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Shark Brakevan by surfacestock
Via Flickr:
At Middleton Towers.

Unit based on a color scheme from a random palette generator. This does not replace anything and is separate from any setting. 

A heavy enforcer suit used to quell riots, its colors representing the local law forces. The suit is unique in that it has a nuclear accelerator ballast system. This system accelerates mercury using a compartmentalized nuclear generator through bands in the suit. The mercury travels so fast in alternating directions that the exoskeleton generates its own anti gravity, rooting it in place. A computer regulates the generator allowing the user to walk on any surface regardless of the planets gravity, in theory allowing the user to walk upside down or work in zero gravity. Around 197(200 short) tons of force is required to move the suit meaning that the user is safe from crowd trampling or attempts at vehicular manslaughter. For transport the suit is effectively weightless when the generator is active and only 1 ton when shut down.

Displacing the ground beneath the suit will not cause it to move as the computer has a failsafe system designed to prevent sudden movements that could injure the wearer. This allows the suit to be transported in any vehicle with enough space.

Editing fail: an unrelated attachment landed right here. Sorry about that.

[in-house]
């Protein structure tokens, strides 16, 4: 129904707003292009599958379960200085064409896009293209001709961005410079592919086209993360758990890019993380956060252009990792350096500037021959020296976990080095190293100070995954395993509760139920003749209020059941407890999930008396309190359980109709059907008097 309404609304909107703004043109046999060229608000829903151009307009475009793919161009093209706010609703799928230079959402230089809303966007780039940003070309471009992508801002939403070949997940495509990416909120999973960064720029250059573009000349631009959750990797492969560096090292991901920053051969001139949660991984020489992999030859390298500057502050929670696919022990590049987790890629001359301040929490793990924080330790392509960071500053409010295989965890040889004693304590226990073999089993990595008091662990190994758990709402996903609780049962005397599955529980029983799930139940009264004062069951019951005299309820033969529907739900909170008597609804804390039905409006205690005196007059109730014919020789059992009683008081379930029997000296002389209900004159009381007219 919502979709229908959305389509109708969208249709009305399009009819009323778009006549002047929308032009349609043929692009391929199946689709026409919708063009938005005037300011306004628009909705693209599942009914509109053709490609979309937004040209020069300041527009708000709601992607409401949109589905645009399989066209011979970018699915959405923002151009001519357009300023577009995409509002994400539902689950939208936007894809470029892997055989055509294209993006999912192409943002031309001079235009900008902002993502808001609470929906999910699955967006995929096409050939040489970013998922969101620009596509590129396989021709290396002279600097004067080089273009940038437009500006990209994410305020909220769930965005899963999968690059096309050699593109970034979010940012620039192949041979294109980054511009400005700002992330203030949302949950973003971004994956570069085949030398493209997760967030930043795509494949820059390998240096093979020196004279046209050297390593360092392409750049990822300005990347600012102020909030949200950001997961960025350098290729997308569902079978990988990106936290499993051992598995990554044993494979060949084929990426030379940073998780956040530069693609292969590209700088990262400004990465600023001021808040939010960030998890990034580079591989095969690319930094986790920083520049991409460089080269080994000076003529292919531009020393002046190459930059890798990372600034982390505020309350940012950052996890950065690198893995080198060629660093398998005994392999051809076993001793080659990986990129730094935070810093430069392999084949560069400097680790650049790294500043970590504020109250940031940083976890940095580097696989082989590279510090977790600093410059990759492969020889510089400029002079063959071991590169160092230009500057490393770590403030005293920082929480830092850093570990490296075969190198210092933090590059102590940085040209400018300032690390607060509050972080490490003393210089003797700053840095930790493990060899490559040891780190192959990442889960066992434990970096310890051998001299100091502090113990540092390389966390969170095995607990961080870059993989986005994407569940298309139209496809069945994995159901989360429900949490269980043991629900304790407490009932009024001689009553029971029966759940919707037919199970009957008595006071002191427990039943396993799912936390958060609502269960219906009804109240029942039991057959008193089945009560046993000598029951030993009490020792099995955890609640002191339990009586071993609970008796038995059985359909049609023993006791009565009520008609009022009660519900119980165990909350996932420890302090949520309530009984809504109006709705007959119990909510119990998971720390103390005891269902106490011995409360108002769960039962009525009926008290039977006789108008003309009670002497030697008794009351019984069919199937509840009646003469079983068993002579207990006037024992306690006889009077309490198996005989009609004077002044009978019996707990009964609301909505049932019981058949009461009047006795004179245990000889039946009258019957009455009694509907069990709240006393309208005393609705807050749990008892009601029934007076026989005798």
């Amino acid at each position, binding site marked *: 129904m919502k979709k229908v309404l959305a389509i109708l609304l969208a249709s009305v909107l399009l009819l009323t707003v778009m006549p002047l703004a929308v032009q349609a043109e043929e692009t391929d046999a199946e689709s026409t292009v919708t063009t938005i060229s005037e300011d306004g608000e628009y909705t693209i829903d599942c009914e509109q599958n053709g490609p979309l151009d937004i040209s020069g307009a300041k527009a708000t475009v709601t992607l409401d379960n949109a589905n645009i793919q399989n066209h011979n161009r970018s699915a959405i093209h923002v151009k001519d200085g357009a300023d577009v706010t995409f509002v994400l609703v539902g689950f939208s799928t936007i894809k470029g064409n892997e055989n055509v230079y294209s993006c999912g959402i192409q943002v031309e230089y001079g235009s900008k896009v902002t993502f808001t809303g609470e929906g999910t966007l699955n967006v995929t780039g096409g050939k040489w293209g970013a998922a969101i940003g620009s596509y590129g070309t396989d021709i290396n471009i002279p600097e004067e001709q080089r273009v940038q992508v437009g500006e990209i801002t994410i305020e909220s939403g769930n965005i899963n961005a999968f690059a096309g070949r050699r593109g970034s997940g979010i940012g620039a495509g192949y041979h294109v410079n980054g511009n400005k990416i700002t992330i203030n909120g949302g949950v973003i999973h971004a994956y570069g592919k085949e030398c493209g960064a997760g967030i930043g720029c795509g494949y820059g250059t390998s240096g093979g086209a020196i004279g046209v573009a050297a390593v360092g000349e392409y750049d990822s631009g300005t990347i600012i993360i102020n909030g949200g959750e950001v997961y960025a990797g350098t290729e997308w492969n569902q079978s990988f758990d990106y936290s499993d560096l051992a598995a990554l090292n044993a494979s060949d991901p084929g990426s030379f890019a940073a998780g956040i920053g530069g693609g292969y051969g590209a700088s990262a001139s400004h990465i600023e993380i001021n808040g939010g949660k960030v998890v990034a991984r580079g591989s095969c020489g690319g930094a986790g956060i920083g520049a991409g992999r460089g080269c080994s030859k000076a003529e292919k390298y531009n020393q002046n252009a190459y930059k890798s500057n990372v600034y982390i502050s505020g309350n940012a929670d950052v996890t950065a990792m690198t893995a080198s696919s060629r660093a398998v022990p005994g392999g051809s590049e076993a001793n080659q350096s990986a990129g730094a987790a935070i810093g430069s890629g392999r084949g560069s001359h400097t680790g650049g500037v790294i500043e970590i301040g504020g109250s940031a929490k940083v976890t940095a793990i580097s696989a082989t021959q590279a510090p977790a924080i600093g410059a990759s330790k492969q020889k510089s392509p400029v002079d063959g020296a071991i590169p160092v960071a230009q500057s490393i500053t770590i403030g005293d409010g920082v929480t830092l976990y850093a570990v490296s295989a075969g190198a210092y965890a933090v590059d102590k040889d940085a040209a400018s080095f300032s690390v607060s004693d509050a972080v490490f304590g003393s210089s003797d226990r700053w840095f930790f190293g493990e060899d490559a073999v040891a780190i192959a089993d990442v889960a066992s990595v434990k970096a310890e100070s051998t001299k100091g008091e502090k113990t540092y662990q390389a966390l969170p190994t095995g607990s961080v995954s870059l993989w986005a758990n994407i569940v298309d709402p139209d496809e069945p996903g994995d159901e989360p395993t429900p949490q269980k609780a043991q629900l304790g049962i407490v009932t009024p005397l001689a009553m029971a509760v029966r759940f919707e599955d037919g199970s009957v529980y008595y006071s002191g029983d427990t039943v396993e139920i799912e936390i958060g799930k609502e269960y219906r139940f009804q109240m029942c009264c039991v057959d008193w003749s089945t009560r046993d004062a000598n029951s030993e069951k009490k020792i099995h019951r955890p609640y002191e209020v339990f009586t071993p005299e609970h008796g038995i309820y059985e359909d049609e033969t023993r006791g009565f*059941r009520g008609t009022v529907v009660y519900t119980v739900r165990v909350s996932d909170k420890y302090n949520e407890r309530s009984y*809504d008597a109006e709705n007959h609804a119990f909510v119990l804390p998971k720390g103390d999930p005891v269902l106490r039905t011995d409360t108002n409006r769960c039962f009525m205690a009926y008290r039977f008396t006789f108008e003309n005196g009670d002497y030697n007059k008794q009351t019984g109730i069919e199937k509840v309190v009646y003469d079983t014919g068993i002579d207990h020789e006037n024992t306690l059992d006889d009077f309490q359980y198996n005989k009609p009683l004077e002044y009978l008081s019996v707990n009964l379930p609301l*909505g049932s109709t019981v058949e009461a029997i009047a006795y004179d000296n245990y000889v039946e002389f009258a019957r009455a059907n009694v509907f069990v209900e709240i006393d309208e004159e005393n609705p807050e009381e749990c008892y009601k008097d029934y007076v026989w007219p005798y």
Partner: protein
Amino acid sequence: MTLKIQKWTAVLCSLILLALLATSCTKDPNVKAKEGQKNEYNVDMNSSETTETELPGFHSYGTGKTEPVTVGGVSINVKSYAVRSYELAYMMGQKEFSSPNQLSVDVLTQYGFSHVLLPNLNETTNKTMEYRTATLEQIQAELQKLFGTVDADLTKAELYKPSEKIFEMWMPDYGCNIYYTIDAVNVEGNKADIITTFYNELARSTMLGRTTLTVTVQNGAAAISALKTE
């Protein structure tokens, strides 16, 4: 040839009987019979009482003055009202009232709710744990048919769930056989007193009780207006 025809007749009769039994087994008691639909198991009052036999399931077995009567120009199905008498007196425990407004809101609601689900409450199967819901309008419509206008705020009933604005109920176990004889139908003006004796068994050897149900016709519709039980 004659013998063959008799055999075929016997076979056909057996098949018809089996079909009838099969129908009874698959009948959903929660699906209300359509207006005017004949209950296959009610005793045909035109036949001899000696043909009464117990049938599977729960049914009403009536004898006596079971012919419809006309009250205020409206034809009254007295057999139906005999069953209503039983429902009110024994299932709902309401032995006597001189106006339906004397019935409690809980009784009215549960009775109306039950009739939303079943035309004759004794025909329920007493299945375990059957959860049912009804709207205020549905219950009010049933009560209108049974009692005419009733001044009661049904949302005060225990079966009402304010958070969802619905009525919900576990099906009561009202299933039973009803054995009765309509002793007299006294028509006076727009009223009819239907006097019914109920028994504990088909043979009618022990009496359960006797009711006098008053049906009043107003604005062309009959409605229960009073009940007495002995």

The exoskeleton is plated with Titanium and Ceramic composites giving it a STANAG level 5 protection level against ballistic weaponry. The suit is also protected against emp, chemical, and microwave attack with microwave insulation and fiber stuffing.

The exoskeleton also has a built in charger for portable Directed energy weapons. This particular model uses focused microwave lasers to cause intense pain to disperse large crowds. In extreme situations it can be switched over to a lethal mode that can boil organics and synthetics from the inside and cause mechanical failure. Its use against heavy armor is limited and it is not comparable to something like a Nuclear Maser or Neutron saturator. 

Polish Literature: The City Where I Want To Live by Adam Zagajewski

The city is quiet at dusk,
when pale stars waken from their swoon,
and resounds at noon with the voices
of ambitious philosophers and merchants
bearing velvet from the East.
The flames of conversation burn there,
but not pyres.
Old churches, the mossy stones
of ancient prayer, are both its ballast
and its rocket ship.
It is a just city
where foreigners aren’t punished,
a city quick to remember
and slow to forget,
tolerating poets, forgiving prophets
for their hopeless lack of humor.
The city was based
on Chopin’s preludes,
taking from them only joy and sorrow.
Small hills circle it
in a wide collar; ash trees
grow there, and the slim poplar,
chief justice in the state of trees.
The swift river flowing through the city’s heart
murmurs cryptic gre(e)tings
day and night
from the springs, the mountains, and the sky.

Adam Zagajewski wrote this poem for Warsaw. Adam Zagajewski was born in Lwów (January 1, 1946, now; Lyiv, Ukraine & Then; Lvov, Ukrainian SSR). The Zagajewski family (just like many other Poles) was expelled from Lwów by the Ukrainians to central Poland the same year (1946) during the Polish population transfers in 1944 - 1946, following the World War II.